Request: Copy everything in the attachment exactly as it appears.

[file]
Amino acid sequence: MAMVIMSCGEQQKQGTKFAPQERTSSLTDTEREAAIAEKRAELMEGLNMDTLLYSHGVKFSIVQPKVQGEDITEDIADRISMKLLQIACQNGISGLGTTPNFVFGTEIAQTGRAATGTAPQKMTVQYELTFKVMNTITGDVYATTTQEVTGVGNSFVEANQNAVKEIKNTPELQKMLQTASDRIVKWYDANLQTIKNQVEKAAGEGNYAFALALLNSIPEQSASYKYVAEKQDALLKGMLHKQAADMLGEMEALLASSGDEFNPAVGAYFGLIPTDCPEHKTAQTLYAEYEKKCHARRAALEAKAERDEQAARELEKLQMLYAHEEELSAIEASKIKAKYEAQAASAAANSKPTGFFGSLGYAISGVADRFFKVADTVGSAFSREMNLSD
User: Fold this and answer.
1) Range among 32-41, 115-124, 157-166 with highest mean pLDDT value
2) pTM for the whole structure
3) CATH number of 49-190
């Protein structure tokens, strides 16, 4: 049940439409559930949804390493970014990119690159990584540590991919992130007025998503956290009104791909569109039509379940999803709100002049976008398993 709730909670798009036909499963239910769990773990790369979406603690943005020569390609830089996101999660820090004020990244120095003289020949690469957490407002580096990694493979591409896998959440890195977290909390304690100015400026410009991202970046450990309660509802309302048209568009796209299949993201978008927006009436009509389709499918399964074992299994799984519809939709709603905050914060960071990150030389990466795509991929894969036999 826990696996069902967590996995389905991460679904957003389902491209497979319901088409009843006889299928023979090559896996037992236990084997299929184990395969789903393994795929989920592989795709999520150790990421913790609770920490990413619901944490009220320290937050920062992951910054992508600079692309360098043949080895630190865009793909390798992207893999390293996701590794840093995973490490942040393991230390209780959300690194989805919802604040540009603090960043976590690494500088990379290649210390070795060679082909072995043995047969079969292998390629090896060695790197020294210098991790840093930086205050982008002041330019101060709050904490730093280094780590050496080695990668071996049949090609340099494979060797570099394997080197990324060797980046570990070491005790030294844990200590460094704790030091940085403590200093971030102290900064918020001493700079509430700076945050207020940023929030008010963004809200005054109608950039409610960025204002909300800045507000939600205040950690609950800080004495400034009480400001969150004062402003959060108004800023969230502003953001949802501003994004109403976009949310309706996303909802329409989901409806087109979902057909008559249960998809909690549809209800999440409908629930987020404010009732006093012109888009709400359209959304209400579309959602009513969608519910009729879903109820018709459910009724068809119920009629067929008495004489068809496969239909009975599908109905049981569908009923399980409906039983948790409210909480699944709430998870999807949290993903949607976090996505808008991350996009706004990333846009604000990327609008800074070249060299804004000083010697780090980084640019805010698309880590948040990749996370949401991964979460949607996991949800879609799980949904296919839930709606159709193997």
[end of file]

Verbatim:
Amino acid sequence: MAMVIMSCGEQQKQGTKFAPQERTSSLTDTEREAAIAEKRAELMEGLNMDTLLYSHGVKFSIVQPKVQGEDITEDIADRISMKLLQIACQNGISGLGTTPNFVFGTEIAQTGRAATGTAPQKMTVQYELTFKVMNTITGDVYATTTQEVTGVGNSFVEANQNAVKEIKNTPELQKMLQTASDRIVKWYDANLQTIKNQVEKAAGEGNYAFALALLNSIPEQSASYKYVAEKQDALLKGMLHKQAADMLGEMEALLASSGDEFNPAVGAYFGLIPTDCPEHKTAQTLYAEYEKKCHARRAALEAKAERDEQAARELEKLQMLYAHEEELSAIEASKIKAKYEAQAASAAANSKPTGFFGSLGYAISGVADRFFKVADTVGSAFSREMNLSD
User: Fold this and answer.
1) Range among 32-41, 115-124, 157-166 with highest mean pLDDT value
2) pTM for the whole structure
3) CATH number of 49-190
């Protein structure tokens, strides 16, 4: 049940439409559930949804390493970014990119690159990584540590991919992130007025998503956290009104791909569109039509379940999803709100002049976008398993 709730909670798009036909499963239910769990773990790369979406603690943005020569390609830089996101999660820090004020990244120095003289020949690469957490407002580096990694493979591409896998959440890195977290909390304690100015400026410009991202970046450990309660509802309302048209568009796209299949993201978008927006009436009509389709499918399964074992299994799984519809939709709603905050914060960071990150030389990466795509991929894969036999 826990696996069902967590996995389905991460679904957003389902491209497979319901088409009843006889299928023979090559896996037992236990084997299929184990395969789903393994795929989920592989795709999520150790990421913790609770920490990413619901944490009220320290937050920062992951910054992508600079692309360098043949080895630190865009793909390798992207893999390293996701590794840093995973490490942040393991230390209780959300690194989805919802604040540009603090960043976590690494500088990379290649210390070795060679082909072995043995047969079969292998390629090896060695790197020294210098991790840093930086205050982008002041330019101060709050904490730093280094780590050496080695990668071996049949090609340099494979060797570099394997080197990324060797980046570990070491005790030294844990200590460094704790030091940085403590200093971030102290900064918020001493700079509430700076945050207020940023929030008010963004809200005054109608950039409610960025204002909300800045507000939600205040950690609950800080004495400034009480400001969150004062402003959060108004800023969230502003953001949802501003994004109403976009949310309706996303909802329409989901409806087109979902057909008559249960998809909690549809209800999440409908629930987020404010009732006093012109888009709400359209959304209400579309959602009513969608519910009729879903109820018709459910009724068809119920009629067929008495004489068809496969239909009975599908109905049981569908009923399980409906039983948790409210909480699944709430998870999807949290993903949607976090996505808008991350996009706004990333846009604000990327609008800074070249060299804004000083010697780090980084640019805010698309880590948040990749996370949401991964979460949607996991949800879609799980949904296919839930709606159709193997």